Anders Sandberg, Eudoxa AB
Why do we want friendly superintelligence? Because we definitely do not want to encounter an unfriendly superintelligence. Perhaps more seriously, the goal of "friendly AI" is to maximise the benefits of artificial intelligence while minimising the risks. That artificial intelligence can be extremely useful is obvious: there are few areas of human activity that would not be helped by the presence of extra intelligence – everything from simplifying dangerous work to providing an alternate perspective in decision making. On the other hand we have a mistrust of independently acting systems not bound by ethics or other constraints on their actions that might prevent them from harming us.
Friendly AI is in the end a practical problem, seeking to create artificial intelligence that benefit rather than harm humans. It is a transdisciplinary problem involving issues from philosophy, cognitive science, economics and engineering among others. The current discussion deals with friendly superintelligence because it might provide the greatest challenge: how do we design and act in order to achieve not just beneficial artificial intelligence, but also beneficial powerful artificial intelligence? We want a better solution to it than Bill Joy’s suggestion that all such research should be relinquished (an impractical solution with minimal chance of working).
What do we mean with general intelligence? There is no agreed on definition of intelligence, but for the purposes of this discussion it might suffice to suggest two rough definitions. The first one is due to Eliezer Yudkowski and defines intelligence to be the ability to model, predict and manipulate regularities in reality. Another definition, due to Peter Voss and me is that intelligence is the ability to accomplish things in a general domain given knowledge and the environment. Both these definitions deal with general intelligence rather than abilities in a very restrictive domain.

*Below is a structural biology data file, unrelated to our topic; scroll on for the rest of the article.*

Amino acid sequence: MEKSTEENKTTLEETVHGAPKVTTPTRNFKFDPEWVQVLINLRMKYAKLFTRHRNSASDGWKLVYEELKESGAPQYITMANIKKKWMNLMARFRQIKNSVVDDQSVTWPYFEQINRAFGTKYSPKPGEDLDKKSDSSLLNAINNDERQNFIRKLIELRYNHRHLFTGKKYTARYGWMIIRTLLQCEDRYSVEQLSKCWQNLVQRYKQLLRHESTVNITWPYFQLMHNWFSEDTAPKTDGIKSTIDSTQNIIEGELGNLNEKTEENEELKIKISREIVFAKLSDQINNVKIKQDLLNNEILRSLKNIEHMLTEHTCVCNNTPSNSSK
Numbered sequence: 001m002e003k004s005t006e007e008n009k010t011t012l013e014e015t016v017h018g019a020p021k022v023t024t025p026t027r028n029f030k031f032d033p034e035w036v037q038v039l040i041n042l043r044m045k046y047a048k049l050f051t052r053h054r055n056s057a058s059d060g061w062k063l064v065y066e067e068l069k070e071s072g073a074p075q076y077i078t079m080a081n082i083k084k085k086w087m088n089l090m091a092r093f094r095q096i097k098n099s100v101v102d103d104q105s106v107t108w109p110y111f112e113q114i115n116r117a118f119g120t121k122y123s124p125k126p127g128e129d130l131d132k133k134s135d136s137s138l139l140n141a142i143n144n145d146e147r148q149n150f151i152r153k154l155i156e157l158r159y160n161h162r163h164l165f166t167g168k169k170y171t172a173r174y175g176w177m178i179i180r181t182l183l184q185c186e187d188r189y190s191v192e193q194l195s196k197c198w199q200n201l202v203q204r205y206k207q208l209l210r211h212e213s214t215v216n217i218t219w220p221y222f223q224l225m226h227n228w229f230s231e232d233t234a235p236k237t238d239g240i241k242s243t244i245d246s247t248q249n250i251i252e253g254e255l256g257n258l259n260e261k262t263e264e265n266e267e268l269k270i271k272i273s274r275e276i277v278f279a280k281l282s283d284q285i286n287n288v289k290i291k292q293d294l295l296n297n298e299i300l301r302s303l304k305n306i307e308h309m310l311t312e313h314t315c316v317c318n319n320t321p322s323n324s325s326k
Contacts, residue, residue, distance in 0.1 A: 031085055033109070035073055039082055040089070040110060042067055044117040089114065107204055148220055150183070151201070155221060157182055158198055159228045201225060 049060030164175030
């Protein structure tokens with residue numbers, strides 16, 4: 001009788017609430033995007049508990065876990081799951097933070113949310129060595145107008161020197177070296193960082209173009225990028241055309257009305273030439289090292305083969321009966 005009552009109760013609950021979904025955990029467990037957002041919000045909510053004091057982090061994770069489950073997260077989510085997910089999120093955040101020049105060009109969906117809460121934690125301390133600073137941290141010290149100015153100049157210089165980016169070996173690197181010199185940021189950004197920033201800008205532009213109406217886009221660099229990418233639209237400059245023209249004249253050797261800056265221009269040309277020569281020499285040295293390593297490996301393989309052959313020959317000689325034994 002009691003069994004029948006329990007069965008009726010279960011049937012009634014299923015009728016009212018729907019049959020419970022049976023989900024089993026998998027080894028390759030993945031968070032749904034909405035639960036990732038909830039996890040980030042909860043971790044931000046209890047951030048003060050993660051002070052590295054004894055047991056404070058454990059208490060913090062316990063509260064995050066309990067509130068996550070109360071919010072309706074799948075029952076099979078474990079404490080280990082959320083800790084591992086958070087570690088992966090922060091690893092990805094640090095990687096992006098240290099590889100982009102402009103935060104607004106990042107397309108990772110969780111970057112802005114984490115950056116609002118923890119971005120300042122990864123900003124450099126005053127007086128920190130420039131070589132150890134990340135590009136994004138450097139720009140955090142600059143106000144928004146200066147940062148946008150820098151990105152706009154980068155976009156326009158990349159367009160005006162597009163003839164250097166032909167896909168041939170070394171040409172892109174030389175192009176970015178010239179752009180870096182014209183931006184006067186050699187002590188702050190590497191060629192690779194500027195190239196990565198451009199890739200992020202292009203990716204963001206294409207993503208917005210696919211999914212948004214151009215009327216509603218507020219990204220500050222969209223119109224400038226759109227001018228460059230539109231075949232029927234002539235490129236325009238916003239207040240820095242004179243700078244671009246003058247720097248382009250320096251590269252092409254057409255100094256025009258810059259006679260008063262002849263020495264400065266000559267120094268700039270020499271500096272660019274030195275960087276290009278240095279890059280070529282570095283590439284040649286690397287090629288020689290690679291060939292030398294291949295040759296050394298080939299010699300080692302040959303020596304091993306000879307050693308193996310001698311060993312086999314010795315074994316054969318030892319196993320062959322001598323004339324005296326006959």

Superintelligence is another diffuse concept. It is not obvious how to measure or compare forms of intelligence with each other, but it is clear that there can exist both quantitative and quantitative differences. An dog mind transferred to a vastly faster hardware would still not be able to solve mathematical problems, regardless of the amount of canine education given to it, since its basic structure likely does not allow this form of abstract thought. Minds may have different abilities to find and exploit patterns. For the discussion, the potential consequences are more relevant than particular measures. If an artificial intelligence can affect the world to a great extent then it might be regarded as a superintelligence for our discussion purposes, even when it is mentally inferior in some sense to (say) a human intelligence. Of course, a mind with greater abilities in pattern detection and exploitation would likely be potentially more dangerous than a less skilled mind in the same situation.
What is friendliness? Eliezer S. Yudkowsky defined it in Creating Friendly AI as: "The term "Friendly AI" refers to the production of human-benefiting, non-human-harming actions in Artificial Intelligence systems that have advanced to the point of making real-world plans in pursuit of goals."
With these preliminaries dealt with, we turn to the discussion.